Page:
Are there gaps in the Australian Register?
The Australian Register inscriptions in this book have been grouped into themes, with the documents included under each theme contextualised by a short essay by a member of the UNESCO Australian Memory of the World Committee, or an expert in the field. While the thematic areas covered range from Indigenous culture and history to digital heritage, the Australian Register does not claim to be comprehensive in its current form.
The Australian Register reflects the nominations that have been received from custodians of the nation’s documentary heritage. There are many areas of Australia’s history and memory that are either lightly represented, or not represented at all on the UNESCO Memory of the World Australian Register. There is only one example of a journey of maritime exploration – the Endeavour journal – and records of land exploration are missing entirely.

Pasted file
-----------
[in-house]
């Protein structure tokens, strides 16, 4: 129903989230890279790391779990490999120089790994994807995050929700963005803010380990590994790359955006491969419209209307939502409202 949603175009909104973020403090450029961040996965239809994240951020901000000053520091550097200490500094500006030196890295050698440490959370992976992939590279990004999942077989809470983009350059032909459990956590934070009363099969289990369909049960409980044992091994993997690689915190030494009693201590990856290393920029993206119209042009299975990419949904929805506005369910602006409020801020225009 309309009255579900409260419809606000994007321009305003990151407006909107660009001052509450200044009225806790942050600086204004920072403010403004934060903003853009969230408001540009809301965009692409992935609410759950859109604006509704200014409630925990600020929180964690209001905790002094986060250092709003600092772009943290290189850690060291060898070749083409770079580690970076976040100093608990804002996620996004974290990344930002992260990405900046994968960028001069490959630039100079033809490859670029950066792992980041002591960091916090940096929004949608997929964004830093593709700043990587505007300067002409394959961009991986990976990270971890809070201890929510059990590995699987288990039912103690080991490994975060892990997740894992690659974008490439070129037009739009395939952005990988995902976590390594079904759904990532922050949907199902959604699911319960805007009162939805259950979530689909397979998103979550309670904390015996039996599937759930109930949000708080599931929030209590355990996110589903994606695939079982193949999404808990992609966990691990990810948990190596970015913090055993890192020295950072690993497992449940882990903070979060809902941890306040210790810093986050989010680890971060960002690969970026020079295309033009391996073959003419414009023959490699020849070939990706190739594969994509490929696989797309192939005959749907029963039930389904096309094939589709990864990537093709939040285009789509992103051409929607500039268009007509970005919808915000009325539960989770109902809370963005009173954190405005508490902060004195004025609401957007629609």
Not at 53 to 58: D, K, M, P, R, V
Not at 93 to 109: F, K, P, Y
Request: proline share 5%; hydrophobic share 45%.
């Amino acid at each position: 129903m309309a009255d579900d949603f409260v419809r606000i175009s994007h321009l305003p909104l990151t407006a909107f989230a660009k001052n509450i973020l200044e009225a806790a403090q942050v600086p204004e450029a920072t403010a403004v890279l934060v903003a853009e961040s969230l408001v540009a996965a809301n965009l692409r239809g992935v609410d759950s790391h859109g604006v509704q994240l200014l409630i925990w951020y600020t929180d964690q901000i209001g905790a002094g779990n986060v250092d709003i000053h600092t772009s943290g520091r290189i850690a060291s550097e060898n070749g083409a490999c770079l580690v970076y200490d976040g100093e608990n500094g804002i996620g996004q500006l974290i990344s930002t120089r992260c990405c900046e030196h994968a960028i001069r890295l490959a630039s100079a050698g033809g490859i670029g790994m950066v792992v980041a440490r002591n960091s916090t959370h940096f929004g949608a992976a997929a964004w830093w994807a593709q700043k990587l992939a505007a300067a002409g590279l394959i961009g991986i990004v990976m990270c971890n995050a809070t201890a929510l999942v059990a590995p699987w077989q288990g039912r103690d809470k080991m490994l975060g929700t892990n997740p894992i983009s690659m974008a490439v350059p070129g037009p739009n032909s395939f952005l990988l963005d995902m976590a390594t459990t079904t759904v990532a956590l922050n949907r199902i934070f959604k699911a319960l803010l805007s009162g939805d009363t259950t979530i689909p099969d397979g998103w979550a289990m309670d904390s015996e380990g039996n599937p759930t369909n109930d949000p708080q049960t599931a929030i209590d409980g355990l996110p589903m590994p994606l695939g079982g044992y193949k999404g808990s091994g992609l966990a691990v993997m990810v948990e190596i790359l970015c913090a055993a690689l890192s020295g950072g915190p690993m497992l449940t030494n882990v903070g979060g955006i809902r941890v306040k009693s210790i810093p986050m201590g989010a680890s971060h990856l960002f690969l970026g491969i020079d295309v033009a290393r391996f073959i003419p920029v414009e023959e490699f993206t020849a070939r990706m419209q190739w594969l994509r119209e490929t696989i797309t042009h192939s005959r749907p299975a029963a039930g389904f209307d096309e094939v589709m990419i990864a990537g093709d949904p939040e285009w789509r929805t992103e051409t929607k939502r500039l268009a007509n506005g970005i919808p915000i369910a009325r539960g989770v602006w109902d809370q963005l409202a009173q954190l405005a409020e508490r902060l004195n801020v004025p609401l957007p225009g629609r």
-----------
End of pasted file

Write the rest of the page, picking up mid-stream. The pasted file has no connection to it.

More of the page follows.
The Australian Register contains the records of only one scientific inventor – aviation pioneer Lawrence Hargrave – and still awaits the documentary heritage of pioneers in other scientific and medical disciplines. Australia’s literary culture is not represented at all, and our musical culture boasts only one inscription – the John Meredith Folklore Collection in the National Library of Australia.
While the Register does contain some records relating to post-war migration (the Displaced Persons Migrant Selection Documents 1947-1953, held in the National Archives of Australia), and other nominations are being developed, many more collections capturing these important memories are still to be inscribed. Records relating to the economic development of Australia, and the business sector, are represented by only one inscription, that of the Australian Agricultural Company. The non-Indigenous spiritual and religious life of Australia is entirely missing from the Register. There are many other areas of Australian history and memory that could be identified as under-represented or not represented in the Australian Register.